Now if you’ve read my site often, you’ll know that curiosity is one of my basic traits, you might even call it a vice. The first thing I think when seeing something like this is “how does it work?”. The second is “how do I take it apart and find out?”. So I did.
It’s pretty easy to disassemble the hubs: two small phillips screws and the back of the case comes off. Inside there’s a circuit board which easily pops out (getting it back in is a bit more work, but not too hard).
The board in the expansion hub is trivial, it just connects the input to the outputs in the way you’d expect from basic electronics (i.e., the Light Hubs are wired in parallel, not serial). There’s a “control” port on it (the one with a plug with a loop of wire stuck in), which just loops out one of the two power inputs and that can be used to connect an external switch. They sell one for US$10, although you could add your own by using half a Connecting Cable wired to a simple SPST On-Off toggle.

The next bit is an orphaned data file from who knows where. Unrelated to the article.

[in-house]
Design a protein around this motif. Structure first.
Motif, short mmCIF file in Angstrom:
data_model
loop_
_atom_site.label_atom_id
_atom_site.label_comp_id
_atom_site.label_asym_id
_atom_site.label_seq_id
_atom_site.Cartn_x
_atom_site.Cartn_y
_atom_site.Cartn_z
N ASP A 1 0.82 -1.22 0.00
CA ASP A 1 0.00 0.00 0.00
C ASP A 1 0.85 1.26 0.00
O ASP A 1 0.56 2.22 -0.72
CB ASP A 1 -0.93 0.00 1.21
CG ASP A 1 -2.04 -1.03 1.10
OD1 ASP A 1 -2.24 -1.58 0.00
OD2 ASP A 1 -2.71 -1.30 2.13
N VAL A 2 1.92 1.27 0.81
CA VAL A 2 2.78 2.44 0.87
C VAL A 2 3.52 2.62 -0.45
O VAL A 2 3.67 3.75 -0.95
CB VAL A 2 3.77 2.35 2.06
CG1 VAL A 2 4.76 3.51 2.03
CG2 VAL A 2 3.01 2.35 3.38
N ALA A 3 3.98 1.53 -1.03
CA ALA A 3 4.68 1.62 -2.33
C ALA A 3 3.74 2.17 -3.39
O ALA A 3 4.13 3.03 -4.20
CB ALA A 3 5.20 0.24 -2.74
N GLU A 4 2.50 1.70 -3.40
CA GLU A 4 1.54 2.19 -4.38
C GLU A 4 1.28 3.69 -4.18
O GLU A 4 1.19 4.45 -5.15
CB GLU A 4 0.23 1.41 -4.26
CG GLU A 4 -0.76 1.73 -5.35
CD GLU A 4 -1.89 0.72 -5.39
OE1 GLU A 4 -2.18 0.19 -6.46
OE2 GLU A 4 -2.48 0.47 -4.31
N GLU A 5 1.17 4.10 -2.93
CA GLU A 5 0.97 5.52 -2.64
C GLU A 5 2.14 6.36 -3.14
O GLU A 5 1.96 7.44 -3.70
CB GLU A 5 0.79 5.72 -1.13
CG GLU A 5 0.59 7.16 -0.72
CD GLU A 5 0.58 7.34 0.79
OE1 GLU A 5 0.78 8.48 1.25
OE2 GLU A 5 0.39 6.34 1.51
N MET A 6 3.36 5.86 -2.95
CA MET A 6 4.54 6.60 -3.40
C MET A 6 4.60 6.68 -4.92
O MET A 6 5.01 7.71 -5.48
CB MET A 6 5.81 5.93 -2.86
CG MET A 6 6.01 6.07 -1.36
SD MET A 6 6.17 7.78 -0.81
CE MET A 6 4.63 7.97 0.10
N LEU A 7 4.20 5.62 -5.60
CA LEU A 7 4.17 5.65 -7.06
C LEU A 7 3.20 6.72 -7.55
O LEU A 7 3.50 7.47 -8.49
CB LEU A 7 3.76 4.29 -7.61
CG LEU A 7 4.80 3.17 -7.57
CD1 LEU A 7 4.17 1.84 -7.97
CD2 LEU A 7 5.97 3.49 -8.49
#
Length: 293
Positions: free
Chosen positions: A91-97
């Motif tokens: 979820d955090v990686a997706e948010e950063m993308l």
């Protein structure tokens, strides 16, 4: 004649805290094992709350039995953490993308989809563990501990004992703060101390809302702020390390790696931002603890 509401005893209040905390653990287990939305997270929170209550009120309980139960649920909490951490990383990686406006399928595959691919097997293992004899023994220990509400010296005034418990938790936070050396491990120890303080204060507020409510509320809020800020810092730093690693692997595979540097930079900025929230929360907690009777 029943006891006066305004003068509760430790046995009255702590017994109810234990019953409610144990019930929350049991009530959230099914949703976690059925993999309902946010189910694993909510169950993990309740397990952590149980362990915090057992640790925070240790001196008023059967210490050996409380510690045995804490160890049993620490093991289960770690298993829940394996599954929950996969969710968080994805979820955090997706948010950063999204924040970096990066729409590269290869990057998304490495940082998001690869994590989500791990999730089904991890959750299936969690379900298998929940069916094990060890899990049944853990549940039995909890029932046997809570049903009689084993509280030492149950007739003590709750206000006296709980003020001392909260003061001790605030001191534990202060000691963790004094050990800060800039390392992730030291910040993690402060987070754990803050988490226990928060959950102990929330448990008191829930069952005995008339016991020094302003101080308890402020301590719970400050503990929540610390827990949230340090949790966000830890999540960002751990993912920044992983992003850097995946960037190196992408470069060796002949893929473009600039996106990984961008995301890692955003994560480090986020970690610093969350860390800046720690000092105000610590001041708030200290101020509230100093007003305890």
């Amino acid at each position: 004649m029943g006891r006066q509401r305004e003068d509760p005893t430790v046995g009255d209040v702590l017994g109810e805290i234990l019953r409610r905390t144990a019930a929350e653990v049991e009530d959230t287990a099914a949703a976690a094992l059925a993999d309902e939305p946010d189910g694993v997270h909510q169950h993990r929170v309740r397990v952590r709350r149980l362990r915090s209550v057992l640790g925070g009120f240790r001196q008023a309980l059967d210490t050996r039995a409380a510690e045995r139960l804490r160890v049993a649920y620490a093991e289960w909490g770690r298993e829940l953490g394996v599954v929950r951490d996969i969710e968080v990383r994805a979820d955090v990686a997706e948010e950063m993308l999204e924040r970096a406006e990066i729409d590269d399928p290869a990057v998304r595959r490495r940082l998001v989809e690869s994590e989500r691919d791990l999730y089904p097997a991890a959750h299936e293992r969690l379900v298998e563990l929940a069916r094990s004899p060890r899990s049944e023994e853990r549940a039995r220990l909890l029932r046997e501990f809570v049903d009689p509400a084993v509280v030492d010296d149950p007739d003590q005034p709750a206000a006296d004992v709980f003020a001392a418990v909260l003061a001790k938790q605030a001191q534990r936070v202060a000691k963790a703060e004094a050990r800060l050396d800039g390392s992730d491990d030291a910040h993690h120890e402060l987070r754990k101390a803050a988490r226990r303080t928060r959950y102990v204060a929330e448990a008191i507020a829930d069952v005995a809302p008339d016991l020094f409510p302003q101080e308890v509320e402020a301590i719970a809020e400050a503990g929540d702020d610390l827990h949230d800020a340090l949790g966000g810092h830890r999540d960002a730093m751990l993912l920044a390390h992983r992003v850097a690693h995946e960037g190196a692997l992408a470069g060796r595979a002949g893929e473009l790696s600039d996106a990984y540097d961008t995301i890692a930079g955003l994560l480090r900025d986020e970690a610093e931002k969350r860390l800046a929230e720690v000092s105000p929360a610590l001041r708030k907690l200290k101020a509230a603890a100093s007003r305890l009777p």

You could also run the “control” wire through a relay, and use some external system to activate the lights connected to the hub (or all the lights fed from a string of Expansion Hubs). I can think of some useful applications for that, although they’re outside the “simple” domain.
The board in the “Light Hub” is more interesting. This has the connection for the external power supply and its own control port if you want to switch these four separately, as well as the four sockets for lights and their associated control knobs. I was curious about two things: what kind of voltages was it designed to work with, and how did the intensity controls work?
The circuit board, while not terribly complex, had more on it than I’d expected: